Imagine you wake up from a deep slumber and go to the toilet to brush your teeth. With your eyes closed, you turn on the tap and feel an odd sensation as soon as the water falls on your hands. Upon opening your eyes, you see brown, rusty water coming from the tap. You are surprised to see rust in water since you have never experienced this kind of situation before. You might wonder, “Why is my water brown all of a sudden?” We will answer this question. We will share some essential things that you must know about discolored or rusty water.
Rusty or Discolored Water
Tap water can look rusty brown, reddish or yellowish when it contains sediment or mineral in excess amount. Manganese and iron are the two most common materials that can cause discoloration in the water. Tiny mineral deposits can find their way into the main water stream through different sources. These minerals are mostly responsible for the rusty color of the water and unpleasant smells or taste.
Is Rusty or Discolored Water Dangerous?
The answer depends on the minerals that have caused the discoloration of water. However, in the majority of cases, rusty or discolored water isn’t dangerous. The US Environmental Protection Agency regulates the treatment of drinking water supplied to households. The water is treated following primary and secondary standards. Arsenic, lead, and other dangerous contaminants come under primary rules. If their quantity in water exceeds the maximum contaminant level, water isn’t supplied to the public. Contaminants like manganese and iron are covered under secondary regulations. These minerals aren’t dangerous to health; however, they smell, look, and taste bad and can cause skin rash and stain clothing. Public water systems must test for primary contaminants. The EPA doesn’t force testing for secondary pollutants. This means rusty water may find its way into your home water supply, but bathing in rusty water isn’t dangerous.
Causes of Rusty or Discolored Water
If brown water is coming out of a faucet, you might wonder what’s causing the problem. There can be several reasons for the discoloration of water.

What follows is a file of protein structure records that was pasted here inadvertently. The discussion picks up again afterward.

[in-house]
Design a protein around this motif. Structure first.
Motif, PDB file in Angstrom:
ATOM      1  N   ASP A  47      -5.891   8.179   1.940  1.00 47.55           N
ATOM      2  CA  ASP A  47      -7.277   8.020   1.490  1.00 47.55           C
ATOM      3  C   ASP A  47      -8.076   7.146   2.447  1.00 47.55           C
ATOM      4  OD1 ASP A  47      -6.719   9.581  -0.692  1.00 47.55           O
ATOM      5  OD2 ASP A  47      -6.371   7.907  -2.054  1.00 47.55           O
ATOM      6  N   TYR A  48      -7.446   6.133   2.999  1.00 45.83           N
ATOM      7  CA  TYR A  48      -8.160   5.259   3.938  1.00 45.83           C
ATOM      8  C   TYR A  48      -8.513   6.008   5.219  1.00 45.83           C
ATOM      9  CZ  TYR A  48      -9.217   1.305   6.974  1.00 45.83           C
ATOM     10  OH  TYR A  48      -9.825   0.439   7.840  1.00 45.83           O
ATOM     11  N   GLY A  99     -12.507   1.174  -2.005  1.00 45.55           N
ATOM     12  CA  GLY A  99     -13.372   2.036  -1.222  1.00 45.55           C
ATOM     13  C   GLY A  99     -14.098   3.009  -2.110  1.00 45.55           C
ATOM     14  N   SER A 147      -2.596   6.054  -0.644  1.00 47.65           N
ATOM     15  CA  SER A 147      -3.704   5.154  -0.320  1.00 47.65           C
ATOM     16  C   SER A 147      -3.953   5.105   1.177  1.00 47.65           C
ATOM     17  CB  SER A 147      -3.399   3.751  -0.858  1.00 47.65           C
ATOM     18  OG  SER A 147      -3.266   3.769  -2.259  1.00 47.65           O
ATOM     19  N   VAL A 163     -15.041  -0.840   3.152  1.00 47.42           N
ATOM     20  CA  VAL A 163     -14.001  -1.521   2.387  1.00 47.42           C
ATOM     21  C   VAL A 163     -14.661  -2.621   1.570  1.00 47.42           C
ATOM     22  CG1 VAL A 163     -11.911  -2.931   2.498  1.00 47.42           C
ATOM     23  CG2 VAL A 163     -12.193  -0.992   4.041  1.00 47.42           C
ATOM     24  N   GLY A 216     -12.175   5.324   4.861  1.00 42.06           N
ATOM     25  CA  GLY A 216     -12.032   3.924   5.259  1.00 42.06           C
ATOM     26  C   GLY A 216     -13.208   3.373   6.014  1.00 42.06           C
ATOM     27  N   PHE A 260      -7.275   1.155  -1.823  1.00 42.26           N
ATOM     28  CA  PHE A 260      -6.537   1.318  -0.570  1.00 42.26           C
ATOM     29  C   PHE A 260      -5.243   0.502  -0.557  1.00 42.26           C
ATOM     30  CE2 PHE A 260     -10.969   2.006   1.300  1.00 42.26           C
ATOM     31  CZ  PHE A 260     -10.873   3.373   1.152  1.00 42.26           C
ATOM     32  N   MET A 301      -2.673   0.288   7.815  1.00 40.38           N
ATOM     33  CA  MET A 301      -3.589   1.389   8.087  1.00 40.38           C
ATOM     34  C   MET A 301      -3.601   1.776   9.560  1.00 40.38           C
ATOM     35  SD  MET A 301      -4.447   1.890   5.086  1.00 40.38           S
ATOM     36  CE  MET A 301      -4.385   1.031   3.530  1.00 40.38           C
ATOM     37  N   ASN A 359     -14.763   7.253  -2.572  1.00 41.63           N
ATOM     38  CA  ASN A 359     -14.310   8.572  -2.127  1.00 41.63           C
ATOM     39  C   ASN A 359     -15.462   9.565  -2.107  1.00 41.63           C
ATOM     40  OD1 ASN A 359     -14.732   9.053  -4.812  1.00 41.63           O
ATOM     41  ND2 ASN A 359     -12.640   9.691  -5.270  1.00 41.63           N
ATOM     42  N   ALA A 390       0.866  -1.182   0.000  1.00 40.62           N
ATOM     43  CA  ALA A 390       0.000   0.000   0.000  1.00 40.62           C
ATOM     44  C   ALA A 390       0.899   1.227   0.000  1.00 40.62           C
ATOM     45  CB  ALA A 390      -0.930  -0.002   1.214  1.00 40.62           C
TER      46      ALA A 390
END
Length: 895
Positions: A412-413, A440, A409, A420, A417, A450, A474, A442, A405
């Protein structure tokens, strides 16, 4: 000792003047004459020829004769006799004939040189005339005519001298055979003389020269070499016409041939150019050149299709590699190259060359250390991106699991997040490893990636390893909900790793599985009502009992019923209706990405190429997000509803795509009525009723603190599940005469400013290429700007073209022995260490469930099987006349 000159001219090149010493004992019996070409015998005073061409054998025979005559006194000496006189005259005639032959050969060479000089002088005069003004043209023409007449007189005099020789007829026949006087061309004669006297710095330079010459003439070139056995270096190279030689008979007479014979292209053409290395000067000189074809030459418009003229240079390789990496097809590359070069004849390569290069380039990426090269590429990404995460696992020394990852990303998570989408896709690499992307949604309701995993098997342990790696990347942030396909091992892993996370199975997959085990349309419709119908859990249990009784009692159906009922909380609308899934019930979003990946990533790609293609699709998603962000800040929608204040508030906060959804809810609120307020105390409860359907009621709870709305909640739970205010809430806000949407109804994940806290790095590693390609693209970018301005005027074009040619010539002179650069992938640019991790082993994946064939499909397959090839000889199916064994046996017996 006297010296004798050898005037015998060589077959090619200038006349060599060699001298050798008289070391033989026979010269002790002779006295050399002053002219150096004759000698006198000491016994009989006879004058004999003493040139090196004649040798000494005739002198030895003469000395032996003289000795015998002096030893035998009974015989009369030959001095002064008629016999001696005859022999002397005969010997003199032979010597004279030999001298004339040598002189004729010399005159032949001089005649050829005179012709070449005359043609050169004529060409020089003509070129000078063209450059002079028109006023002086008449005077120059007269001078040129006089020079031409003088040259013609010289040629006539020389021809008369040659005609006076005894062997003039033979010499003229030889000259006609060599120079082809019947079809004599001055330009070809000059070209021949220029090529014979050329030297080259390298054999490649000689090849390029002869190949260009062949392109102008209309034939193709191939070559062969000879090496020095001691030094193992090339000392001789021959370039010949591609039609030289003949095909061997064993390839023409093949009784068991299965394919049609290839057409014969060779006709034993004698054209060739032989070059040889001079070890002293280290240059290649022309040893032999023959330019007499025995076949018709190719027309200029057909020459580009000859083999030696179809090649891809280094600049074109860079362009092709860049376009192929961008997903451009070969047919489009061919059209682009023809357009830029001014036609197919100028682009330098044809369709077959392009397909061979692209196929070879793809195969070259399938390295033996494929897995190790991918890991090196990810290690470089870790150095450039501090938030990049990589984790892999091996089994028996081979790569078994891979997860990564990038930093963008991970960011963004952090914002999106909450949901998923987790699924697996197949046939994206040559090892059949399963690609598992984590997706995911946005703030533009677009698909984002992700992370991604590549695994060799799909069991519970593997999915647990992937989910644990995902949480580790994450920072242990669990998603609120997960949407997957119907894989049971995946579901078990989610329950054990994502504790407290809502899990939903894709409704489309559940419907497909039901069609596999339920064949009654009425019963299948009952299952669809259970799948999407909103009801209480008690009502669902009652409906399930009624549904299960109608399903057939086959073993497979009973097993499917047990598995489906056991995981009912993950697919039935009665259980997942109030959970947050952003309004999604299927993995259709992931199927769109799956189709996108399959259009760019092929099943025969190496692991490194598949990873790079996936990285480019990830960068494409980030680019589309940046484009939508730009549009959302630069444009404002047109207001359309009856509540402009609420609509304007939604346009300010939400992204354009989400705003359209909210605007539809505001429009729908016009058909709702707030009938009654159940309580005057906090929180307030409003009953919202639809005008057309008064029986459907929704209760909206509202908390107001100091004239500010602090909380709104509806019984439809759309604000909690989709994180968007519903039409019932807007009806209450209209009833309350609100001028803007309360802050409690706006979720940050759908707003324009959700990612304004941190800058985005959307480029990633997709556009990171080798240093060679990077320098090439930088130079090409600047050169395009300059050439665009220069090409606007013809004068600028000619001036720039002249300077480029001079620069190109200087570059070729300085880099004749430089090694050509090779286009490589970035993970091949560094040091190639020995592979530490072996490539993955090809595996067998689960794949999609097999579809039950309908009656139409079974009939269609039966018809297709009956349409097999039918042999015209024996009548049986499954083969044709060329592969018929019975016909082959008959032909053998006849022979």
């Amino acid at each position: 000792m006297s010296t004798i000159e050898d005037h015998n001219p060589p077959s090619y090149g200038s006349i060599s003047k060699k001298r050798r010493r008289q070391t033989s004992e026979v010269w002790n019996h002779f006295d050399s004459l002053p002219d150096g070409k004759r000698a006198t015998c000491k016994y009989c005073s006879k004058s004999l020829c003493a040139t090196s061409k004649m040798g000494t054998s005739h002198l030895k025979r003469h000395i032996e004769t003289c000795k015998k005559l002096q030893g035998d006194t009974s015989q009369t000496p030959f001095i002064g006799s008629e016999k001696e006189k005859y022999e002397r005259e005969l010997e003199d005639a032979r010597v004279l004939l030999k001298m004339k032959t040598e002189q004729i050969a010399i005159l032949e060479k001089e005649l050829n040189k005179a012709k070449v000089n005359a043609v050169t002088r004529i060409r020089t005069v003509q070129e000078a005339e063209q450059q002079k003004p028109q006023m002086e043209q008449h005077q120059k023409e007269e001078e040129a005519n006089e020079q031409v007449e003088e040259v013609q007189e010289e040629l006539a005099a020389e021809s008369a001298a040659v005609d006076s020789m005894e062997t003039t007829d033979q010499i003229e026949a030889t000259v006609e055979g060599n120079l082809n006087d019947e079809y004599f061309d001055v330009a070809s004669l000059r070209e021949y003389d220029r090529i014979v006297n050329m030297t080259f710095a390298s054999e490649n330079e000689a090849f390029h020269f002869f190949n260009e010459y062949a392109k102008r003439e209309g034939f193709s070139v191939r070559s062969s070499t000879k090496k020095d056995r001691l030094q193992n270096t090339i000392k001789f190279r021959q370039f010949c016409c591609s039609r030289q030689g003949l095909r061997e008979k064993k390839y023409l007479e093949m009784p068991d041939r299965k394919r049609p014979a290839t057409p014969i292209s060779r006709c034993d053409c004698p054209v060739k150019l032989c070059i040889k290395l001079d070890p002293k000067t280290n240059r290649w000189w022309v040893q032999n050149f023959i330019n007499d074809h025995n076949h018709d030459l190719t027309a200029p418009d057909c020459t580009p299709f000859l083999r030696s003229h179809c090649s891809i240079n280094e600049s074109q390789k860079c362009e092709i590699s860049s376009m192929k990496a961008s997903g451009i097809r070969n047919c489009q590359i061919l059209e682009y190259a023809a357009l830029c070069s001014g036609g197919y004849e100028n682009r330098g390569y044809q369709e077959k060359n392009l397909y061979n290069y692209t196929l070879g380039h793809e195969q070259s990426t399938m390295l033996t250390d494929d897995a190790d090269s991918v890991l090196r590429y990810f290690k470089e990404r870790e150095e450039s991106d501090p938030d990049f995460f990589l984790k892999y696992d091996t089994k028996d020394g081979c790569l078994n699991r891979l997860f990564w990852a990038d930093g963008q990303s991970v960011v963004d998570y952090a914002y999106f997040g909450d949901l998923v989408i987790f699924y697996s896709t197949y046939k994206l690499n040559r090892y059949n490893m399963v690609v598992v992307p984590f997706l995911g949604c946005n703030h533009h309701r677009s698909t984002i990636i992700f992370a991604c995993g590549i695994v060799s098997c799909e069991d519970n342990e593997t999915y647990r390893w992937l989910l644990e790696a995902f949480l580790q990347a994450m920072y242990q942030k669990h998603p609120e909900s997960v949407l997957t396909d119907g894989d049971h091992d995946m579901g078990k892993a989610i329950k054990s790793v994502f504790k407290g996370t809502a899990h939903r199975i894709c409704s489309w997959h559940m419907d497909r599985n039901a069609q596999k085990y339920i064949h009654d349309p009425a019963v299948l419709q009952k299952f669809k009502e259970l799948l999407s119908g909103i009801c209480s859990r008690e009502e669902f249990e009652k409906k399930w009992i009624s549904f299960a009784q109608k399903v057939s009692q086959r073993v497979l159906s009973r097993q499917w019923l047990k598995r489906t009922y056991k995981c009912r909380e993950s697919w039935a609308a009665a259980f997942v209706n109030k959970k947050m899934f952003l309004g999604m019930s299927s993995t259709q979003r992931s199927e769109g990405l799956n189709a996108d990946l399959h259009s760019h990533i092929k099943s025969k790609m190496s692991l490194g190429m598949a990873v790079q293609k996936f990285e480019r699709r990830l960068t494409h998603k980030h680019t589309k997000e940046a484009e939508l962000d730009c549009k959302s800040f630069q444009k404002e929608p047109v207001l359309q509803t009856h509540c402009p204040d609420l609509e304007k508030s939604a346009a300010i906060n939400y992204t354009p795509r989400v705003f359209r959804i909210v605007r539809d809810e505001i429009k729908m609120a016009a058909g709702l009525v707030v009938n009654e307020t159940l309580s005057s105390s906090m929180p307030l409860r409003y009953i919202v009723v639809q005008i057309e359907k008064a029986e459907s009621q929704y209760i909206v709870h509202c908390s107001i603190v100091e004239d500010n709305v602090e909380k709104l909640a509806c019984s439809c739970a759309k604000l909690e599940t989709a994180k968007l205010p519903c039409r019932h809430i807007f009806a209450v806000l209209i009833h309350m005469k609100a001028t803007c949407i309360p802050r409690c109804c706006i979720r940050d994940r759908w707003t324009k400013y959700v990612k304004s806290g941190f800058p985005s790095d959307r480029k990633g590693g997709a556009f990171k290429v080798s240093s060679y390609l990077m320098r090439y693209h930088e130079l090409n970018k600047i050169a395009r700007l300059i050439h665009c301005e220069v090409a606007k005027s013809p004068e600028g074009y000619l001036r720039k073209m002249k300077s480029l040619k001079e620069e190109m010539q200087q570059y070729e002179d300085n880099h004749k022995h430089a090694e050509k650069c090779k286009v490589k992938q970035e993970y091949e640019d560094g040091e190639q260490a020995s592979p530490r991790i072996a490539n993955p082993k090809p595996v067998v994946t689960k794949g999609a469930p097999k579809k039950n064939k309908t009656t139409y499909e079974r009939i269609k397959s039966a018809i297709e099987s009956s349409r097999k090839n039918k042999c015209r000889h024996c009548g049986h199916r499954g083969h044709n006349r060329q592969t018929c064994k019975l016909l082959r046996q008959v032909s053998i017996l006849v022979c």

Break in a Fire Hydrant or Water Main
If your hot water is rusty or rusty cold water is coming out of a faucet, then it might be due to a break in a fire hydrant or water main. The vast majority of the plumbing infrastructure of our country is outdated. Which is why we experience water main breaks that allow sediment to enter the water supply.
Rusty or Corroded Pipes
In the old days, galvanized iron pipes were used in the construction of pipe systems. These pipes start rusting or corroding as they age. When these pipes corrode or rust, small particles can break off, entering the water supply. This, in turn, leads to discoloration of tap water. This problem isn’t found in pipes made of plastic or copper. When old, rusty pipes regularly cause discoloration of hot water and cold water, the best solution is to replace the pipes. This process is time-consuming but it will fix the discoloration problem once and for all.
Certain types of bacteria can get into the supply of water and cause rusty or discolored water. These bacteria oxidize the iron and the byproduct of the oxidization process causes discoloration of water. This problem can be fixed by adding chlorine to water that kills the bacteria.
What to Do in case of a Rusty or Discolored Water?
If all Your Water Suddenly Goes Rusty:
If rust-colored water starts coming out of your faucet all of a sudden, call the main water supply company. Something might have happened to a nearby fire hydrant or the water main. Or the city might be conducting maintenance on the piping system, and they accidentally stirred up sediment. Inform the water company about the rusty water in pipes and ask them if there is any maintenance going on in your area. They’ll inform you about the maintenance work (if any) going on in your area. If no maintenance work is being carried out, then you will have to call a plumber to determine the cause of the problem and fix it.
If Only Hot Water is Rusty or Discolored:
If only hot water is rusty or discolored, then try draining and flushing the tank of your water heater. Sediment can build up in a water heater over time. Ideally, a water heater should be removed and flushed twice a year to prevent sediment buildup. Sediment buildup can cause discoloration of hot water. If hot water is still discolored or rusty after you have drained and flushed the water heater, contact a plumber as there might be a more significant issue. A plumber will be able to identify the cause of hot water discoloration and fix the problem before it aggravates.
We have discussed some essential things that you should know about rusty or discolored water. If rusty, yellowish or reddish water ever starts coming from your faucets and the problem doesn’t disappear on its own, don’t panic. Instead, call Rowin Plumbing. Our professional plumber will get to the cause of the issue and fix the problem to ensure that you can enjoy access to clean water.